“Yes. It is the router in the middle of the chip. Biologically, neurons communicate principally by sending spikes. They go “ping” every so often. So, one thing to ponder is that all your thoughts are spatiotemporal patterns of pings flowing between the neurons in your head. A ping is in effect a pure asynchronous event.
So, there’s no information in its size or shape. The information is purely in its timing. So, in SpiNNaker each ping becomes a tiny packet of information. All that packet of information says is that neuron number 320 just went ping. We communicate that packet around the machine from chip to chip, across the machine which occupies 10 data-center sized rack cabinets. And we deliver it in a small fraction of a millisecond to every destination to which it has to go. And that’s the real-time requirement.
So, the key to SpiNNaker is this router in the middle of each chip. Routing is not new. It is the basis of the Internet; all the information that flows when you watch a video on your computer that’s coming from an Internet source is flowing in packets across the Internet. But typically, the requirements there are to get very high data rates using very big packets and the requirement in SpiNNaker is to achieve relatively modest data rates but using tiny packets because each packet is basically carrying one ping.”
Building SpiNNaker 2 with better design and features for efficient brain modeling
“I should say of course that we haven’t abandoned SpiNNaker 1 because we’re still doing a lot of work in using it and we have a whole raft of collaborators through the European Union Human Brain Project — neuroscientists, computational neuroscientists scientists, who are keen to map their models onto SpiNNaker 1. So a lot of what we’re doing is supporting users on SpiNNaker1 and working with users. But alongside that, SpiNNaker 1 is relatively old technology. We’ve had the silicon since 2011. So, we’re developing a second-generation chip on a much more up to date semiconductor technology. And we’re developing this in collaboration with chip designers at TU Dresden, in Germany. And the goal is to hit something around 10x performance per chip. That will allow us to put something perhaps of the scale of the small insect brain into a single SpiNNaker 2 chip which would then control a drone or a small robot, only with obviously the kind of capabilities you’d find in an insect. But still, that’s quite a lot of neurons to control some autonomous device.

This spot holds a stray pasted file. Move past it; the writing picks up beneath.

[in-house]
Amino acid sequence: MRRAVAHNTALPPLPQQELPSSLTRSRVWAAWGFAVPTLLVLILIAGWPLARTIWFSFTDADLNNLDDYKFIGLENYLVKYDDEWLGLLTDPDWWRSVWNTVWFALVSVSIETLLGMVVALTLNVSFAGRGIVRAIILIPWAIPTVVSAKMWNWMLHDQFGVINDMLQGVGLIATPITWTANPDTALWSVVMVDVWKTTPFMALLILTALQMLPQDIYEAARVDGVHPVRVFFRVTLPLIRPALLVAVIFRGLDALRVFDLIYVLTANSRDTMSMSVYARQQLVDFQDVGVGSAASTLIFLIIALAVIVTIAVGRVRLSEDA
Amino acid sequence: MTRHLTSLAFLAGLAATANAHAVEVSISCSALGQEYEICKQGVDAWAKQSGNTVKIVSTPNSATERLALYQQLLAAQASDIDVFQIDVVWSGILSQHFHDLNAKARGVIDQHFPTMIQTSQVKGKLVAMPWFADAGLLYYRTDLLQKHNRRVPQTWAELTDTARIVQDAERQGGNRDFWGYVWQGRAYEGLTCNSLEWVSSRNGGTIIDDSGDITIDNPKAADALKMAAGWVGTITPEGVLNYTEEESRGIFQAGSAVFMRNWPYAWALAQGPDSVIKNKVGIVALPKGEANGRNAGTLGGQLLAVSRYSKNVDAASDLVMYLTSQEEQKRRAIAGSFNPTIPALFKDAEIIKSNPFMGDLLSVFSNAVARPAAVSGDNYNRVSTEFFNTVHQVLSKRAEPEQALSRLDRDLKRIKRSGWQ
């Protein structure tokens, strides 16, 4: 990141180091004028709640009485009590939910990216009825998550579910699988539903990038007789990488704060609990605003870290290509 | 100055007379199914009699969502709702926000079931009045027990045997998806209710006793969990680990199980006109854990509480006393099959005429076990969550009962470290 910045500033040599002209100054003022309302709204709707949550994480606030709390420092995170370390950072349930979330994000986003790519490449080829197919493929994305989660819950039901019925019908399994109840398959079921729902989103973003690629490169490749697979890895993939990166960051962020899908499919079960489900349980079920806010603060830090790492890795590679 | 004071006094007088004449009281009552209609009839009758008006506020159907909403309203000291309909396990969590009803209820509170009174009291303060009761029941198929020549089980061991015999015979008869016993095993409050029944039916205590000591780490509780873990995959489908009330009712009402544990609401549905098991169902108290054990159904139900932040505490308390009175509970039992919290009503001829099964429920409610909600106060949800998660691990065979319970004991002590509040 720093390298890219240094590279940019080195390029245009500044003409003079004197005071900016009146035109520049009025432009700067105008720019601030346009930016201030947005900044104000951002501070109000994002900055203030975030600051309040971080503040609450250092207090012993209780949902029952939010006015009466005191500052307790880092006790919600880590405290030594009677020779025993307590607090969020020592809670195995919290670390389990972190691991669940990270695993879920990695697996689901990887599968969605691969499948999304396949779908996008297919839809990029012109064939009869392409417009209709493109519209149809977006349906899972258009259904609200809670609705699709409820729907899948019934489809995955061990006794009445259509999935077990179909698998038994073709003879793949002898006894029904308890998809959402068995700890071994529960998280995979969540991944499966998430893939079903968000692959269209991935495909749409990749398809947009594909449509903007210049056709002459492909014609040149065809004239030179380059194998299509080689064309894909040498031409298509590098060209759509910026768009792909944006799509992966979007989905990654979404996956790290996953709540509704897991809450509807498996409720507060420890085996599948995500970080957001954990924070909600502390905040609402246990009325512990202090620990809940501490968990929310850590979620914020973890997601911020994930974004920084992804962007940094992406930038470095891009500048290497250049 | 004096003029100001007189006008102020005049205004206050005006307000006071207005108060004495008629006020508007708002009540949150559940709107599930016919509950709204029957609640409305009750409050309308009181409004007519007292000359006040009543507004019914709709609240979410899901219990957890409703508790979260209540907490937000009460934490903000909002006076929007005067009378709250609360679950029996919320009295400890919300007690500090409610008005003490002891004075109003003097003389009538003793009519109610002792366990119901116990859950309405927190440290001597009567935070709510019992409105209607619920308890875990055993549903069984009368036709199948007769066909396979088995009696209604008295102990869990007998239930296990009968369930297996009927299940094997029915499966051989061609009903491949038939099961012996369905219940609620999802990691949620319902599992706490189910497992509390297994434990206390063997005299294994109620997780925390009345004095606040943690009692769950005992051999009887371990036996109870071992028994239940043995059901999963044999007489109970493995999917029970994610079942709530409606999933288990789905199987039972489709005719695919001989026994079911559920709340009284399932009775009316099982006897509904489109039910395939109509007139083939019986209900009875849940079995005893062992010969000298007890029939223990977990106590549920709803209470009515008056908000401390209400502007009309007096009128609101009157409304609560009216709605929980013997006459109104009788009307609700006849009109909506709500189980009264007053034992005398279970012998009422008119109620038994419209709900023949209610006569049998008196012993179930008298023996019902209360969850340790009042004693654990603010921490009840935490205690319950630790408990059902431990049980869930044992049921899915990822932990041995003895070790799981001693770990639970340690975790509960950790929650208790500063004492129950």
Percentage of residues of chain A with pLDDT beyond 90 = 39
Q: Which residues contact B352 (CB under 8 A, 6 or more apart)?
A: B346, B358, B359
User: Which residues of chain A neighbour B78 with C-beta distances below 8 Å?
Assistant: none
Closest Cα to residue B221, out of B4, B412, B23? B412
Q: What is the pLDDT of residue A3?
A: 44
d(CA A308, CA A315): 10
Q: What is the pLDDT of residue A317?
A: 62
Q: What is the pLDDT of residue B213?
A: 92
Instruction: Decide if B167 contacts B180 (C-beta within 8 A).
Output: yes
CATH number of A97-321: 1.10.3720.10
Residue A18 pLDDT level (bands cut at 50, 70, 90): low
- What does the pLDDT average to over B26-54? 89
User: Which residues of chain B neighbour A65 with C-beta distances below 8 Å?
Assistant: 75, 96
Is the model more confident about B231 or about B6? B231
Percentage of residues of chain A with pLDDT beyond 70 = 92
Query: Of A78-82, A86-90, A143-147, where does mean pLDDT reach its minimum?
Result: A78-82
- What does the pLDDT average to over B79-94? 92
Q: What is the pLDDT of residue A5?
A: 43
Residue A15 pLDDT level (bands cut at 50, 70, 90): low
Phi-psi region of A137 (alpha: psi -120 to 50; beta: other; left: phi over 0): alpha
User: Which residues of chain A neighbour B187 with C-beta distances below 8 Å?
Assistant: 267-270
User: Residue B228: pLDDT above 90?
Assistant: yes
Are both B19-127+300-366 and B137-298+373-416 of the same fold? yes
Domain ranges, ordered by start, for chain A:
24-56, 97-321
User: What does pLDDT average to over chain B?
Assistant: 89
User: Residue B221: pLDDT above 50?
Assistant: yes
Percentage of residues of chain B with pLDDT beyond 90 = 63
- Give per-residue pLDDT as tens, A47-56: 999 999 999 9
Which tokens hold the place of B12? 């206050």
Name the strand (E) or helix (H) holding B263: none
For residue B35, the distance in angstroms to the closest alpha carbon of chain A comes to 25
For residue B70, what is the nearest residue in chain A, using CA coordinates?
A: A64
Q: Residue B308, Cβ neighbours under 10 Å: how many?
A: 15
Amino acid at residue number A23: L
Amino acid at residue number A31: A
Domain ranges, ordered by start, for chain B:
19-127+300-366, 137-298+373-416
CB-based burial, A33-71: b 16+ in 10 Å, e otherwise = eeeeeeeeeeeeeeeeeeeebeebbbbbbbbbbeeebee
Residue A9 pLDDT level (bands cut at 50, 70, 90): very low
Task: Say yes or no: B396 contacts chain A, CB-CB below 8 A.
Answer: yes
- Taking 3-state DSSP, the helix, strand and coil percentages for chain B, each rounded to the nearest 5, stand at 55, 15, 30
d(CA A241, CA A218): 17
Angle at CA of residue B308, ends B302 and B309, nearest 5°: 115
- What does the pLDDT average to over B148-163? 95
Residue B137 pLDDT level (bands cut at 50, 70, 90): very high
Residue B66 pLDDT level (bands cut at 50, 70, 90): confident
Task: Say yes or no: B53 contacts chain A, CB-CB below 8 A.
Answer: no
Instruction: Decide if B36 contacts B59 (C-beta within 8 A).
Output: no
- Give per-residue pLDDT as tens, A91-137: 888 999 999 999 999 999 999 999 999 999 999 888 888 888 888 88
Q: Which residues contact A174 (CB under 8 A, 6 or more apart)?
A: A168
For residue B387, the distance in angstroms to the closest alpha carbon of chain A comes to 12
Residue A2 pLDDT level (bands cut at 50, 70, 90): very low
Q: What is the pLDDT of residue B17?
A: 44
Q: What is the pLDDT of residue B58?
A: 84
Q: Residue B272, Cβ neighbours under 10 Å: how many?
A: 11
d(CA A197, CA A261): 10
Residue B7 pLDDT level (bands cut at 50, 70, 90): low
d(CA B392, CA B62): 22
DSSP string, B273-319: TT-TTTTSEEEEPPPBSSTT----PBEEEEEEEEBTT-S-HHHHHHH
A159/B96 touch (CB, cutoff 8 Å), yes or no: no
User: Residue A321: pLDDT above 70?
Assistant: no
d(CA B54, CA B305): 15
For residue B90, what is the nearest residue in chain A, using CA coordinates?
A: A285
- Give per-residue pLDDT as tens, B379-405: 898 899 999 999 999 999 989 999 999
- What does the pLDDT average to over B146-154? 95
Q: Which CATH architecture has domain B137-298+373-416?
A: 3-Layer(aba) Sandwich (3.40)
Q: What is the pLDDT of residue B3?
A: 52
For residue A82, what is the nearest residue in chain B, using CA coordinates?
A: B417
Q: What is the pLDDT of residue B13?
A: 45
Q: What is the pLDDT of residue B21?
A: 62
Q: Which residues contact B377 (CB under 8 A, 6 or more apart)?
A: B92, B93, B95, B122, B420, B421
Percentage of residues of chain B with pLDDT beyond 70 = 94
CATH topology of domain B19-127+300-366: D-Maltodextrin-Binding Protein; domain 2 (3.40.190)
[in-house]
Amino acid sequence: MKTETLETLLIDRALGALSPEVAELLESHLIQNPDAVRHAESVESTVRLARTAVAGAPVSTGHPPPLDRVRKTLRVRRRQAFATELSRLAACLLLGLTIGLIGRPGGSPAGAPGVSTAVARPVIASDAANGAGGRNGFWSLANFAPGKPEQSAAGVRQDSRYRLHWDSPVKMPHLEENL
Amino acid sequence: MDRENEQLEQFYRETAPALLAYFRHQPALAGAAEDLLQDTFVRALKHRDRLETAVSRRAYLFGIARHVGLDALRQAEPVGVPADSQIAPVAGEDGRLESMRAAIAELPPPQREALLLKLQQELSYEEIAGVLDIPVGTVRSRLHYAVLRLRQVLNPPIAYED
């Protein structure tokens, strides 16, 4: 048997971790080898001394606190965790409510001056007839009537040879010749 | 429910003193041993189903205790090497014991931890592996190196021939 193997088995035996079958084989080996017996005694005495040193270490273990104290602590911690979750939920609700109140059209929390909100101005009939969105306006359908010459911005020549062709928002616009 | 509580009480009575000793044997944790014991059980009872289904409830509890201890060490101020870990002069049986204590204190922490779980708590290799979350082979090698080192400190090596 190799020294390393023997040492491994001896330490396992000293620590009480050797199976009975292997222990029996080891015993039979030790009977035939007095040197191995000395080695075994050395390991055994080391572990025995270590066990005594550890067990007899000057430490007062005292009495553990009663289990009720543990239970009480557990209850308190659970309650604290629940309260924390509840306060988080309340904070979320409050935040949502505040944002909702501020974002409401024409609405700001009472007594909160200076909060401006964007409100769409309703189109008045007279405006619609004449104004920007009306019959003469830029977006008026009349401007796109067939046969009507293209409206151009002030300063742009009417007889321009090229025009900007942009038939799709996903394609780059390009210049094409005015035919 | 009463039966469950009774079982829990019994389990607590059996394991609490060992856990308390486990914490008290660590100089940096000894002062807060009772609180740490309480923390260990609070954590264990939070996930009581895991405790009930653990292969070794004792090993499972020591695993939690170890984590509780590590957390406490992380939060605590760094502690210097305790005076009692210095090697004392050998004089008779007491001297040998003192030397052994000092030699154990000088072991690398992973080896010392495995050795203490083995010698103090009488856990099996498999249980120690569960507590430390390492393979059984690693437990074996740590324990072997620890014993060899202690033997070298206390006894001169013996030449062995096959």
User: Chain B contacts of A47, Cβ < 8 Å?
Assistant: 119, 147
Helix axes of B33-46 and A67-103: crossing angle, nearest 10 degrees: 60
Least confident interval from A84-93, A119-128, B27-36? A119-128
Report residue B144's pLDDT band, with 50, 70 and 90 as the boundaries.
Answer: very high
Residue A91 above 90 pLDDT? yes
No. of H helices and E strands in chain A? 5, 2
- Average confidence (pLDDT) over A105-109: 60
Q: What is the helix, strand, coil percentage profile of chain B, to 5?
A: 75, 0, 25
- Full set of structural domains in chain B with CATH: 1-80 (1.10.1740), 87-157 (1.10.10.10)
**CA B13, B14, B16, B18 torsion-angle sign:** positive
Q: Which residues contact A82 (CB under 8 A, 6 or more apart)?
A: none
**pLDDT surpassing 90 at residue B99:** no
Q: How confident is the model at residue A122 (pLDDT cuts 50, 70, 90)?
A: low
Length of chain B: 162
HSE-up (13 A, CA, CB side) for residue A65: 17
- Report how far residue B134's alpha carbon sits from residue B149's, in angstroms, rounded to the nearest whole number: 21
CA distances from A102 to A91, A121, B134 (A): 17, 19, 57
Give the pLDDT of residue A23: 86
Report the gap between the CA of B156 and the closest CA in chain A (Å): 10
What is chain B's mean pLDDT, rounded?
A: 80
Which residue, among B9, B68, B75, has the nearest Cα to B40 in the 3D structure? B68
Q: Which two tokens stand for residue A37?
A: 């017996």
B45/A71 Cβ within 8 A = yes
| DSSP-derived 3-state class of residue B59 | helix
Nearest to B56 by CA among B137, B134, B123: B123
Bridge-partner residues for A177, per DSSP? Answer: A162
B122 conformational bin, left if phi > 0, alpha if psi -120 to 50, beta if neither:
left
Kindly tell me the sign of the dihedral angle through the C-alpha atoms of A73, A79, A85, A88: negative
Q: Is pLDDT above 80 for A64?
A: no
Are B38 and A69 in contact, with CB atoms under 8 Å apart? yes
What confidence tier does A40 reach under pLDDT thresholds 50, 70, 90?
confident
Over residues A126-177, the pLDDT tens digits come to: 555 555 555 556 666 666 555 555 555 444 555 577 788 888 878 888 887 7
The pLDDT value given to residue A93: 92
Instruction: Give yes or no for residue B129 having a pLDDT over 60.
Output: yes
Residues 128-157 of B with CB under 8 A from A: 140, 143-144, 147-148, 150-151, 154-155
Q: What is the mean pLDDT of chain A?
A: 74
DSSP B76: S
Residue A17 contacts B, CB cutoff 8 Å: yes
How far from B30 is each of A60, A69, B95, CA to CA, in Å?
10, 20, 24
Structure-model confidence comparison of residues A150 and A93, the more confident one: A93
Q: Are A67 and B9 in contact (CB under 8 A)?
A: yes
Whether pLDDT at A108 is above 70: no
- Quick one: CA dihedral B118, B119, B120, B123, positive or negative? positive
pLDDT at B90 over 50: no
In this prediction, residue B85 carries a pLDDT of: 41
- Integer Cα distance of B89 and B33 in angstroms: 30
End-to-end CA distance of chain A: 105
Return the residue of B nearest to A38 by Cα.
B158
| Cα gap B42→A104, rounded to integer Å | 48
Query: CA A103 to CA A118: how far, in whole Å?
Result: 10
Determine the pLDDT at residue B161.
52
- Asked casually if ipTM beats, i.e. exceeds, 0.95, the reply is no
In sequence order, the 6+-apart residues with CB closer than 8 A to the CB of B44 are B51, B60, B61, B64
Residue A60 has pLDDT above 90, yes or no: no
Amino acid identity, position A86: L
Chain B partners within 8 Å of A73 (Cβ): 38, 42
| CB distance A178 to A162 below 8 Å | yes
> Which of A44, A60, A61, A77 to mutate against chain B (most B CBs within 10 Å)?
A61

We’ve also learnt a lot in the development and use of SpiNNaker 1 about what’s important and that’s allowed us to tune the design of SpiNNaker 2 even more to the problem of modelling biological neurons in real time than we were able to tune SpiNNaker 1 because at that time we didn’t know what we now know after 10 years. There has been more learning since then that we are building into SpiNNaker 2.”
Combining SpiNNaker with other technologies
“There already is some progress – and it is going to get more dramatic – in brain prostheses, so that it does not displaces the human brain but adds to it. This is already happening of course. One clear example is a cochlear implant which is a treatment for certain forms of deafness. This is a piece of electronics which basically interfaces directly with nerves that go into the brain and is very effective. On a similar vein, retinal plants are emerging. They are not as fully developed as cochlear implants but they are certainly going in the right direction to enable us to restore sight to people with certain forms of blindness – and it is not a cure for all forms of blindness but for certain forms where the problem is in the biological retina. It’s becoming increasingly possible to think about replacing the biological retina in the physical eyeball with a silicon retina that connects into the optic nerve to restore at the moment a fairly low-resolution form of vision, but that will improve over time.”
The original interview has been condensed by Iqra Naveed and Umama Nasir.
Credits: Interview by Andrea Macdonald founder ideaXme Ltd.